This week was a mess of AT related prep work, as well as getting ready for school. This post might get lengthy so I apologize in advance. It all started Wednesday (8/26) when some developments with Appalachian Trials had me taking a serious look at my gear. I ripped apart my pack and inventoried what I had and considered what I may still need.
I took this as a chance to set up my tent for the first time. It was quick to go up and I do fit inside of it...barely. I was able to get it up in about 5 minutes and broken down just as fast, the Big Agnes UL1 has certainly lived up to the expectation so far. (Hopefully this will remain to be true once the hiking starts)
I spent the remainder of the evening cruising Amazon and using a gear weight calculator, sipping 'Not your Father's Root Beer' (a root beer with a ABV rating) in the shadow of crummy History channel specials focused on anything, but history. After the remainder of my shopping list was complete, something in my head said 'Wiki, it's time to begin your training. Set your alarm and meet me in the Dagobah system.' (or something like that anyways.)
So the next day I woke up early and enjoyed a cup of coffee and made my way to one of the most hiked mountains in the world, Mt. Monadnock in Jaffery,NH. With me I had my pack, poles, and three liters of water. The official weight was somewhere around 21 pounds.
The hike, which was White Cross Trail up and White Dot Trail down, was great and was my first time using trekking poles. The total mileage was around three miles in two and a half hours, not a bad pace for a first outing. I had several big take-aways from this hike they are as follows:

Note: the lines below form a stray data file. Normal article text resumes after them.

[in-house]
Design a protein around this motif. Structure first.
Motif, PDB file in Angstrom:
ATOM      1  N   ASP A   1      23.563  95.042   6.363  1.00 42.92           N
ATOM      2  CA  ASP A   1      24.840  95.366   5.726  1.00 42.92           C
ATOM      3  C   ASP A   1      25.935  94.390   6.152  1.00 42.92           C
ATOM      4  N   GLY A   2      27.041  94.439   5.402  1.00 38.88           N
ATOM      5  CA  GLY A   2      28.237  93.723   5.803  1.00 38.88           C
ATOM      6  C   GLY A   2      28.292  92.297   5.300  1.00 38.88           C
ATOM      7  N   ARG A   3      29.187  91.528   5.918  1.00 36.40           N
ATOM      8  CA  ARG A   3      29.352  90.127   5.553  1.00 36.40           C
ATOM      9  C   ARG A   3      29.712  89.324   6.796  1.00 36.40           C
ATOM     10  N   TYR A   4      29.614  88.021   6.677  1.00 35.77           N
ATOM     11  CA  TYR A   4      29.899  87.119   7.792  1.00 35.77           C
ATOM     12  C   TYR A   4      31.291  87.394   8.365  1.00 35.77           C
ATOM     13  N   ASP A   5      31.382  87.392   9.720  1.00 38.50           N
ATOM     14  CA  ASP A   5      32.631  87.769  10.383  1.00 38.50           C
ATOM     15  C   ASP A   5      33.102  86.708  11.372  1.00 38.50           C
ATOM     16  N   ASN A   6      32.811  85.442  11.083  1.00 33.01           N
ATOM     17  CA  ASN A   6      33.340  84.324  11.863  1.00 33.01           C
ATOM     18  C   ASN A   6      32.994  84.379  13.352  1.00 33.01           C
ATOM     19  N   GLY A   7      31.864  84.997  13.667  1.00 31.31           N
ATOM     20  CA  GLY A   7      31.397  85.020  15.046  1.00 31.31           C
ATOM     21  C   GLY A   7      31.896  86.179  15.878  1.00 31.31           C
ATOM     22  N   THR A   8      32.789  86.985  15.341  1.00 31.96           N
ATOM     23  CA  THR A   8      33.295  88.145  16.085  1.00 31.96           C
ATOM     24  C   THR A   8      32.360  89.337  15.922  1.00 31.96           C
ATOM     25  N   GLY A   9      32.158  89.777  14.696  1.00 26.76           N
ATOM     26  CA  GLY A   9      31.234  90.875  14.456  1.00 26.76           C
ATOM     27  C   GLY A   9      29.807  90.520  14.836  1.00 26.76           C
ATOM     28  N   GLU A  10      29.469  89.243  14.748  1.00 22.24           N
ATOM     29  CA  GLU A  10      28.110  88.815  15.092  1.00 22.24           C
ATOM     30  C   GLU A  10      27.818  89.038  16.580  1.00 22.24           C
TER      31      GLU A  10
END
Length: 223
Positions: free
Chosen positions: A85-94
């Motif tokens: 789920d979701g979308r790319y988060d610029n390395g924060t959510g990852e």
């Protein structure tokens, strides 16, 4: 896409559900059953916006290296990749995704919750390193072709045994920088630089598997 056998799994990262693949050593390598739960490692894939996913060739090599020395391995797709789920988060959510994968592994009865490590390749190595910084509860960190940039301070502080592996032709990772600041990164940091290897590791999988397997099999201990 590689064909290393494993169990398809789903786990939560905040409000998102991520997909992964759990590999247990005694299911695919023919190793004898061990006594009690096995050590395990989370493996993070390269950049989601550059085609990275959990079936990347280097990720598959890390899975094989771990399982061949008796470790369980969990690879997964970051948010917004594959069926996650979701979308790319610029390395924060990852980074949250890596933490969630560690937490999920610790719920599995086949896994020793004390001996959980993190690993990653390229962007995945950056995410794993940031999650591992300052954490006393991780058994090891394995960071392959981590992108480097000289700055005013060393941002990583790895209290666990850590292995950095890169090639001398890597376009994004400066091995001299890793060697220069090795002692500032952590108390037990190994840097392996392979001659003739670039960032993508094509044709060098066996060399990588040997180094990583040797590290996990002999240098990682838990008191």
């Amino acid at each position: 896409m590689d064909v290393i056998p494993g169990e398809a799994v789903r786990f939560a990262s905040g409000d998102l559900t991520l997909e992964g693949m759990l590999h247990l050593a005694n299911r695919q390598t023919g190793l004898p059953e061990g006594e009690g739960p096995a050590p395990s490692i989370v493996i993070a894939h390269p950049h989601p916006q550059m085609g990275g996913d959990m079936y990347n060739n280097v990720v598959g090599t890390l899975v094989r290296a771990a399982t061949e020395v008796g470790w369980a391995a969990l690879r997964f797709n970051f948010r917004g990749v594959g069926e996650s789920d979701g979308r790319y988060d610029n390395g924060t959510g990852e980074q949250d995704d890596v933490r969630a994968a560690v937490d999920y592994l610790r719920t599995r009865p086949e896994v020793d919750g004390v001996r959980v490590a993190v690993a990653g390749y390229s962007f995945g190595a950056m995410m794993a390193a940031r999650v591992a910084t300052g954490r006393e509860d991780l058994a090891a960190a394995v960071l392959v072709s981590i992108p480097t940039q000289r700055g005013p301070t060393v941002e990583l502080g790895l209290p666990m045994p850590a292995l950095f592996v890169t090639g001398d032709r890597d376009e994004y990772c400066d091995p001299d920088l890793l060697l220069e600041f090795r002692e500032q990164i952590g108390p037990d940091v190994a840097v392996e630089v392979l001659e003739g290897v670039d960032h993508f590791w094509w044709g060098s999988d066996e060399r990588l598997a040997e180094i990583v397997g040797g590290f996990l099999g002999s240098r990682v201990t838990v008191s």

1. A pack changes everything
2. Trekking poles are a must with weight
3. Instrumental movie scores are the best hiking music
4. Brighter clothing is needed, I look like a hiking emo
5. This hydration tube clip makes an awesome way to retain my ear buds
However my lessons learned this week didn't end at this spur of the moment training hike I also ran a Spartan Sprint in Barre, MA on 8/29. It was five miles in length and had some of the most challenging obstacles I've experienced in my Obstacle Course Racing (OCR) career. I had my GoPro on throughout the race so I may post that video soon (my computer is in pieces waiting to be moved into school).
Regardless, as I crested the final cargo net climb I felt a huge tweak in my left shoulder that bothered me for hours after the race. This really got me thinking, I'm registered for four more races this year alone and was considering playing club rugby at my school for the semester. This being said I'm starting to think it's a harsh reality that I 'ain't as good as I once was' in the words of Toby Keith, and it might be time to start considering new ways to fill my time that might not end in injury.
Thru-hike ending injuries are one of my greatest fears at this moment, and now I am working to mitigate any chance I have to have a hike ending injury before I set foot on Springer. Aside from this I had an important finding pertaining to my AT hike, that I've already somewhat mitigated.
1. Chafe is the enemy.
There is nothing I hate more that chafe when it comes to physical activity, I literally have permanent scarring from it (that probably oversharing, but you'll live) this scarring makes chafing more frequent. Now this being said I have found the holy grail of anti-chafe underwear in MyPakage branded underwear, however due to the nature of OCR's I decided to run the race in just work out shorts and no underwear. The shorts had a liner, but after five miles the damage was done
The final and perhaps best part of this week is that a friend of mine from my previous exploits in MilSim has mentioned he has interest in hiking and the AT so we may be planning another training hike soon. Plus his interest gives me an awesome outlet to dump AT related knowledge on. Despite my aversion to activities that could leave me injured, the importance of training hikes can't be understated moving forward, especially with the winter coming and limited training options in the New England area during those months.